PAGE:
It's a problem because when they don't talk fights end up exploding and she kicks him out of the house.

GARCIA: After we learned that she had put him out we really had no other option but to withdraw the violation of probation because if she's not going to allow him to reside there, we can't fault him for not being home.

Randy Garcia is Marcus's probation officer.

He says he expects Marcus will be released at his court date on Friday but when the court date arrives his mom doesn't show up.

She doesn't want him back at home yet.

Marcus's dad, who's been absent most of his life, does show up and he's willing to let Marcus live with him.

So Garcia calls Marcus' mom to get the okay because she's the legal guardian, but she refuses.

It means Marcus won't be able to leave jail today.

And it exposes an old rift in the family.

GRANDMA: We can't do nothing without her.  She tell them to keep him in jail, you know they'll keep him in jail.  She have the last say so.

That's Marcus' grandmother on his father's side.

Marcus often stays at her house when his mom kicks him out.

In fact she tried to get custody of him when his mom and her boyfriend used to beat him with an extension cord.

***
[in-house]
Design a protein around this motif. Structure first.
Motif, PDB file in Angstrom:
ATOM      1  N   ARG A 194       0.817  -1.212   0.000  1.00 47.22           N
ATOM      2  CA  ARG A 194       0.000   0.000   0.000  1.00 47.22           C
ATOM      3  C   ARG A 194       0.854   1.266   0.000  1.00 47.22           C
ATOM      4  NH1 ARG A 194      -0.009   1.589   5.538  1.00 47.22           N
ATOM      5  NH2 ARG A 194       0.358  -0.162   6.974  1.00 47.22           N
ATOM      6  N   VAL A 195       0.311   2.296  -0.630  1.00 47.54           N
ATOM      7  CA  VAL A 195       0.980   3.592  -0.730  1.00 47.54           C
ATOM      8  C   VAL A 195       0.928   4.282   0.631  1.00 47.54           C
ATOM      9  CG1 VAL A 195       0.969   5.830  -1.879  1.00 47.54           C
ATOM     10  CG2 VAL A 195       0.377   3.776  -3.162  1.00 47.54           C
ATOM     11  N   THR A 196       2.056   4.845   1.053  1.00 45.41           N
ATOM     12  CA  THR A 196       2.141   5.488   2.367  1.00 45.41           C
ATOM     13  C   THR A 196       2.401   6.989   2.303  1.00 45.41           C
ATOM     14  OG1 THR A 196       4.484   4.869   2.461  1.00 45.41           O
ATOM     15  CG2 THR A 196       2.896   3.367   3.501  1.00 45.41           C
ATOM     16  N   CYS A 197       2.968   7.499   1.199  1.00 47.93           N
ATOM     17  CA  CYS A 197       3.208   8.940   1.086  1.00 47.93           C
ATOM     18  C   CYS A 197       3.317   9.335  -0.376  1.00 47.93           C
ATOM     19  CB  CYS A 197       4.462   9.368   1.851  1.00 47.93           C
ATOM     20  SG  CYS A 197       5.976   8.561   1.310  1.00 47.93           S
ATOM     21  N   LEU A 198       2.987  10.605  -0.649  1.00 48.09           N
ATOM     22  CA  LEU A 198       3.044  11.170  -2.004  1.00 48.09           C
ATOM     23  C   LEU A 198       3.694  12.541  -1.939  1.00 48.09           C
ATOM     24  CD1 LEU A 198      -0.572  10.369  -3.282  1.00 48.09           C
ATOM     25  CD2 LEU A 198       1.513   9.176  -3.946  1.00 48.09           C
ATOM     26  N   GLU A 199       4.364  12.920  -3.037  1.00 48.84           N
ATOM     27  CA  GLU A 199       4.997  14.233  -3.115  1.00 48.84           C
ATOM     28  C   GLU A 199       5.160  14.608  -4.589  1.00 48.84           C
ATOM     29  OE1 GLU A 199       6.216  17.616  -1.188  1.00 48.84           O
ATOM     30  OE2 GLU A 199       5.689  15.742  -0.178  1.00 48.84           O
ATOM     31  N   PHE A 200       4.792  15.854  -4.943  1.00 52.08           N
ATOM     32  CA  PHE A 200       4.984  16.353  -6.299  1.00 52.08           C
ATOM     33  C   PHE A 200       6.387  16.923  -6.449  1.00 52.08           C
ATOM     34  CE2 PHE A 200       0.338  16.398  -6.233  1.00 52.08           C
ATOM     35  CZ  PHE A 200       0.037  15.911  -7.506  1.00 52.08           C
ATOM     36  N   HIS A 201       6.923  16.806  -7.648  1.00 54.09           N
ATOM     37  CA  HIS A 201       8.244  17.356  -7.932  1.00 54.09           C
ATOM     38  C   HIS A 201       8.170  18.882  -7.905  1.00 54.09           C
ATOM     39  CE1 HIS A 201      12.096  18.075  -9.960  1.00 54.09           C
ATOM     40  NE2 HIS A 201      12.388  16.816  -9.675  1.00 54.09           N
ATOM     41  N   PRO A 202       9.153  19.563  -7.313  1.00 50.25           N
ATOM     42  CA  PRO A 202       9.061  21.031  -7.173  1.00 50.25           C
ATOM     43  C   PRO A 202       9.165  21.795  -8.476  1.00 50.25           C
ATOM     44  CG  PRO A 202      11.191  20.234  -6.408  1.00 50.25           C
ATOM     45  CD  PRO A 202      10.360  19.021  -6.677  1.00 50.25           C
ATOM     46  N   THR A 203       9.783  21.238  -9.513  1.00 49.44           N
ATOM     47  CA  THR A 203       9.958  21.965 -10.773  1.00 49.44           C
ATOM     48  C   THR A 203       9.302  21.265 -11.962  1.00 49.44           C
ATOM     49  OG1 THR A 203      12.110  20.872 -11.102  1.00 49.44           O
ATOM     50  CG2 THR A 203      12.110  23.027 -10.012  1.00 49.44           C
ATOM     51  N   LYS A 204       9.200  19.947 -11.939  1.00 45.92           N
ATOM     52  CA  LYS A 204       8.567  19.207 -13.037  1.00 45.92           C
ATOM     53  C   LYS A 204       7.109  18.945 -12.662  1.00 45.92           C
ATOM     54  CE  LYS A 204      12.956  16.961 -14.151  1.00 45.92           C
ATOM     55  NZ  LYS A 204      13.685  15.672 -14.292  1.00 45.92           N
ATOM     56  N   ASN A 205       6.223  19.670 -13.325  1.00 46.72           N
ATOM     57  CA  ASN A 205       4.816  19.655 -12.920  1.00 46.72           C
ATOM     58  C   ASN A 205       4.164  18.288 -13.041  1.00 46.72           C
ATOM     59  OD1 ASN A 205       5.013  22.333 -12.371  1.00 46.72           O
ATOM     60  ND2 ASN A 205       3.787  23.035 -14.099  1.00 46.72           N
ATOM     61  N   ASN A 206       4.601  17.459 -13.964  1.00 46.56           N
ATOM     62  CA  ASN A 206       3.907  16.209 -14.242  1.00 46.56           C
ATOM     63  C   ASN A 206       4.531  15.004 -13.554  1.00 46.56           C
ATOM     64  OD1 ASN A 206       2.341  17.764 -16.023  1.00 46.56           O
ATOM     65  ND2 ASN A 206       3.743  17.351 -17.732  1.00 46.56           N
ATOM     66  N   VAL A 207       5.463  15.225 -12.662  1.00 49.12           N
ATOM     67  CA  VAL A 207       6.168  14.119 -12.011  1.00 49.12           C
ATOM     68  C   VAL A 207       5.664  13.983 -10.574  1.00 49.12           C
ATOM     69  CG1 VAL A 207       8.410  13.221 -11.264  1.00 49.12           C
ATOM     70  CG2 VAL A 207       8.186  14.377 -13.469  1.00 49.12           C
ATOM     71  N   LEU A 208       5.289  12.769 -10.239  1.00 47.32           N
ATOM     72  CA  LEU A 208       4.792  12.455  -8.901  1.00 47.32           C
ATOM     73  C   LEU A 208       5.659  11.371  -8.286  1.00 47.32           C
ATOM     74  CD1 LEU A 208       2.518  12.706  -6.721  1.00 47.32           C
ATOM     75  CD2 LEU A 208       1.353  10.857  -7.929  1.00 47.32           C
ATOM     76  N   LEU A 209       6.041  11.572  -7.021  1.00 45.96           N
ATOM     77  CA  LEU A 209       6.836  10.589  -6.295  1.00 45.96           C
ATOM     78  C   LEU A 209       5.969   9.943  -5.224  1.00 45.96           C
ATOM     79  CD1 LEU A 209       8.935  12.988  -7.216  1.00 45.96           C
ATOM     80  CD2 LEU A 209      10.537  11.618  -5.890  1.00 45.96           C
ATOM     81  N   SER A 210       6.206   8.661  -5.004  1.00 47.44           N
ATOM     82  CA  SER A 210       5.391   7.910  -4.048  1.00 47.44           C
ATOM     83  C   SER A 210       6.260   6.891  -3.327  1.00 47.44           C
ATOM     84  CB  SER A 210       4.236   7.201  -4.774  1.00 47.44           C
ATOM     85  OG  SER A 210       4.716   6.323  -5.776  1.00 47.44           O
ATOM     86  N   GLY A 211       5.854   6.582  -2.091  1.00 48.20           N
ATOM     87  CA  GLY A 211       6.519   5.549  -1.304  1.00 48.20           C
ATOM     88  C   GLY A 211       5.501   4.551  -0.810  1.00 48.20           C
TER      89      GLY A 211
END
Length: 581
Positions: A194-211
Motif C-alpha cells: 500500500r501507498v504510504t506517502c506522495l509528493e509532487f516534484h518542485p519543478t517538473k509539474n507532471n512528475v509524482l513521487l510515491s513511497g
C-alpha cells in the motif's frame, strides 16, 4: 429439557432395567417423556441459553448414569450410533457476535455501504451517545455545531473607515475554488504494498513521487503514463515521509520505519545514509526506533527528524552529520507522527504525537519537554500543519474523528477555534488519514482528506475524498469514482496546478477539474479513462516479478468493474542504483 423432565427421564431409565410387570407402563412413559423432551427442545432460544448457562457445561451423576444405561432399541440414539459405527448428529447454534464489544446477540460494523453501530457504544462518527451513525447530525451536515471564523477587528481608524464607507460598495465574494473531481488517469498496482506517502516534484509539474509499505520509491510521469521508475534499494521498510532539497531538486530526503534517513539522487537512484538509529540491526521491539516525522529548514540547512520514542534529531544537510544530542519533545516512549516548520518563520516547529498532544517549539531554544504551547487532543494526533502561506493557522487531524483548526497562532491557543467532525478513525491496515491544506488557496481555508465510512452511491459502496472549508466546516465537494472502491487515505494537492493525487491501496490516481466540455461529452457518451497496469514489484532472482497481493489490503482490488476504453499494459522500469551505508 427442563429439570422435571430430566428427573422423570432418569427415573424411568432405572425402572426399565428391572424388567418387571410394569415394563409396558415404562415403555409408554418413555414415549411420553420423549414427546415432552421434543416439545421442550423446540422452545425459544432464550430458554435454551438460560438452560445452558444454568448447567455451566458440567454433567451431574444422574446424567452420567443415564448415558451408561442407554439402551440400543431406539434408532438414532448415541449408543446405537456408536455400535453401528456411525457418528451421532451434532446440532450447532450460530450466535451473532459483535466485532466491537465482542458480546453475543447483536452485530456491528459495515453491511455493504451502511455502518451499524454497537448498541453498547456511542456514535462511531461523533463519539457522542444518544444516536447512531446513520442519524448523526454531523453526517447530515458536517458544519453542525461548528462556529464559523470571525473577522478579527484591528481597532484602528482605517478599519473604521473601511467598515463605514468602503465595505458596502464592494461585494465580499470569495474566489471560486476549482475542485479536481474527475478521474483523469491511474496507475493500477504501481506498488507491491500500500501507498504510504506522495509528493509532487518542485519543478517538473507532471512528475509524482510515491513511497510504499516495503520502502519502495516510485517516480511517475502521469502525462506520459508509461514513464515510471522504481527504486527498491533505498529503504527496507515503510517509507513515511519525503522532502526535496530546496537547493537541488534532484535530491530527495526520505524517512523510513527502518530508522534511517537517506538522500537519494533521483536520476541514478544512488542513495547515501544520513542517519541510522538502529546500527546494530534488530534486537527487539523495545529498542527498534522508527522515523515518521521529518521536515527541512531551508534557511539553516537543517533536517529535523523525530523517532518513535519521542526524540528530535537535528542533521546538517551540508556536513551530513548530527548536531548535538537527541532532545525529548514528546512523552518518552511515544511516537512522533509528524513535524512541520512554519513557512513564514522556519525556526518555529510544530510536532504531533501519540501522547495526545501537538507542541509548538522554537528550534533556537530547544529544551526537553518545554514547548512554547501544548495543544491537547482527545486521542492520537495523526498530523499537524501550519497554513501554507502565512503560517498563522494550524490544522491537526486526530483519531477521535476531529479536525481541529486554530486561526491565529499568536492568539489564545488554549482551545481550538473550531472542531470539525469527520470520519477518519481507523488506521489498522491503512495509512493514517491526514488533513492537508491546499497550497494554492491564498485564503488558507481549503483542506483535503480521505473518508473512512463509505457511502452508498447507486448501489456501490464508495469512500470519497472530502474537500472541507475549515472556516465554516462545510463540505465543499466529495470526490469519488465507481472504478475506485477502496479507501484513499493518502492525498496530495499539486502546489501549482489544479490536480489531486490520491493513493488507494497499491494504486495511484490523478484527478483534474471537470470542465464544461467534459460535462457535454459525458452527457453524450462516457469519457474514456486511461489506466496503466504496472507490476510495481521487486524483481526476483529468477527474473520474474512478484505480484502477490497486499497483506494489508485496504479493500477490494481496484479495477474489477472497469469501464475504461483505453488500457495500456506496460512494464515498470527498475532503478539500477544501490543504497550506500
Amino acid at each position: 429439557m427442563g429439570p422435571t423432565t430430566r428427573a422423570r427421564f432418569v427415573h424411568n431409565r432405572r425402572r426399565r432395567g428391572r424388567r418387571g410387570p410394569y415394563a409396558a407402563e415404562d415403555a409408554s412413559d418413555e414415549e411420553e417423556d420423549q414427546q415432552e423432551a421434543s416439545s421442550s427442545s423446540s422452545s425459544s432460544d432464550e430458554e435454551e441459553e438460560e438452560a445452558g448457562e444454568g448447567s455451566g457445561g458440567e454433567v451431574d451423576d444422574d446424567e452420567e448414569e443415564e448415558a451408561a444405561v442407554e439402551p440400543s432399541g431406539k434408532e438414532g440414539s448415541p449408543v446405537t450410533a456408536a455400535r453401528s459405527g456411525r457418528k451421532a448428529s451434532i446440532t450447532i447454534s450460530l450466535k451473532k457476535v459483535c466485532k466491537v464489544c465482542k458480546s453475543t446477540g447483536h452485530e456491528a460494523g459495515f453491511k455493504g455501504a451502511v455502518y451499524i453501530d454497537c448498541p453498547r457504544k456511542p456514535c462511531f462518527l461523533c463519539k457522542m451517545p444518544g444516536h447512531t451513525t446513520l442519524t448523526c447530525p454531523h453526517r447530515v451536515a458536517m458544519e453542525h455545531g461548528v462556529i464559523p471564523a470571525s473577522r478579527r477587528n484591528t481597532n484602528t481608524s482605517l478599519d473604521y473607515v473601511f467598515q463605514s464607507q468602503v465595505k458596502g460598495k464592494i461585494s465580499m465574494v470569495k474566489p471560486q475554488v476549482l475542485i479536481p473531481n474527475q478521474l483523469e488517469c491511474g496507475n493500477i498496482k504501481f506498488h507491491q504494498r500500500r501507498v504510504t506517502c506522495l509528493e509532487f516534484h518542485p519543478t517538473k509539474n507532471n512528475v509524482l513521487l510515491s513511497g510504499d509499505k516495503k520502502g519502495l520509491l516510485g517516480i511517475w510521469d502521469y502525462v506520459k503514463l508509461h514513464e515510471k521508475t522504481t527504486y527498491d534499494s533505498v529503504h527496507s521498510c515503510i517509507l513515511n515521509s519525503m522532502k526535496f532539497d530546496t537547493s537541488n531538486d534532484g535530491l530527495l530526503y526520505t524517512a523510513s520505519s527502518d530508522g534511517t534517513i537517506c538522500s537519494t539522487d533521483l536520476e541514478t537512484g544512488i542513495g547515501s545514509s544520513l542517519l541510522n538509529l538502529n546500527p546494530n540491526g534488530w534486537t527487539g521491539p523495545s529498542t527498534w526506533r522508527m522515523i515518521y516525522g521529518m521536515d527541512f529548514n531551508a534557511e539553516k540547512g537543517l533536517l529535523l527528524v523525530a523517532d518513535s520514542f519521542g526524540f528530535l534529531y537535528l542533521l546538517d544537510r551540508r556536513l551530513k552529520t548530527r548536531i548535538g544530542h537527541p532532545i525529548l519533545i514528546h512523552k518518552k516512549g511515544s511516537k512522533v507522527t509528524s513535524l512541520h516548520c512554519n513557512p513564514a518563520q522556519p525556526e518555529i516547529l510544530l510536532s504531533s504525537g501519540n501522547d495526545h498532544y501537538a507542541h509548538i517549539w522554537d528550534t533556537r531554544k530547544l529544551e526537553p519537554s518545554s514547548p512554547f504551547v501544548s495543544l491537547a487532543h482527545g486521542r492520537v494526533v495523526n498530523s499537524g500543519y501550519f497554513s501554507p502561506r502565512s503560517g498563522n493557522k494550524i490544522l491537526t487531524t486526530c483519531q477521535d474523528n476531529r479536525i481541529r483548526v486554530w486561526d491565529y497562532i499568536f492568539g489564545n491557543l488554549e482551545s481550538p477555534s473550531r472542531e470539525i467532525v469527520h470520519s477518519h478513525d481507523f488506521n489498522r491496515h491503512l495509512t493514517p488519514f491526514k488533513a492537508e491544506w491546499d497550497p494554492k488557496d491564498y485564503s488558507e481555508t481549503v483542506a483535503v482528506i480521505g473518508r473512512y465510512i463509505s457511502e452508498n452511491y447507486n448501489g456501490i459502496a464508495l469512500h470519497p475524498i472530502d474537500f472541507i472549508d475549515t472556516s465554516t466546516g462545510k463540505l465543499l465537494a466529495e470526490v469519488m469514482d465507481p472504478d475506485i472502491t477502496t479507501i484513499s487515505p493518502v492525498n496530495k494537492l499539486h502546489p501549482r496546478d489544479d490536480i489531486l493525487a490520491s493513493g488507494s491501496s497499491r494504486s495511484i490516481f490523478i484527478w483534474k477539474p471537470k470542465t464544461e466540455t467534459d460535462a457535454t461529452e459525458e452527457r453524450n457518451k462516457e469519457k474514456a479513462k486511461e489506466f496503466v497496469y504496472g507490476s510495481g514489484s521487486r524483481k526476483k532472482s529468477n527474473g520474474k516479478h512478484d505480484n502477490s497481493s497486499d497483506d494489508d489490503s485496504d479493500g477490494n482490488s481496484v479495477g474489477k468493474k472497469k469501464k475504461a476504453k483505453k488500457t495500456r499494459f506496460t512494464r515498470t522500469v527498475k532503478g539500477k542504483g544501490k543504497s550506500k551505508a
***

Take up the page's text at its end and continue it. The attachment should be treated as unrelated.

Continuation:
GRANDMA: I told him, I said look, don't never let them whoop you naked with no extension cord.  If you have to run out the house naked or anything, leave out and hop on the bus and get over here, and that's what he did.  He ran out of the house in his underclothes and that's when the people picked him up on the street.

Marcus's mom went to jail for that beating.

She does show up for the next hearing and takes him home.

The probation department arranged for a therapist to visit with the family in their home but Marcus' mom didn't show for the sessions.

But it's not that she doesn't care at all.

She's just busy.

She is providing for four kids and a grandchild by working at a Popeye's Chicken in the suburbs, but the upshot is that they didn't get any therapy.

Marcus ended up spending most of the year locked up.

Probation officer Garcia tries to list off the new cases.

For starters fingerprint results started coming back on old residential burglaries Marcus had committed.

GARCIA: Then there was also the burglary to the auto, he'd stolen from his mother, he had taken her debit cards.  That was a felony theft, the aggravated battery, the other residential burglary around the corner, so I mean that's four cases.

Garcia says Marcus had a record number of cases and yet somehow, he always seemed to get an extra lifeline.

GARCIA: He's got a way with people that not many kids do.  He's very intelligent, I mean in custody he writes books of poetry and he calls non-stop, my office, his public defender and so by the time you're in court it's almost like you can't help but you know grow a little sympathetic.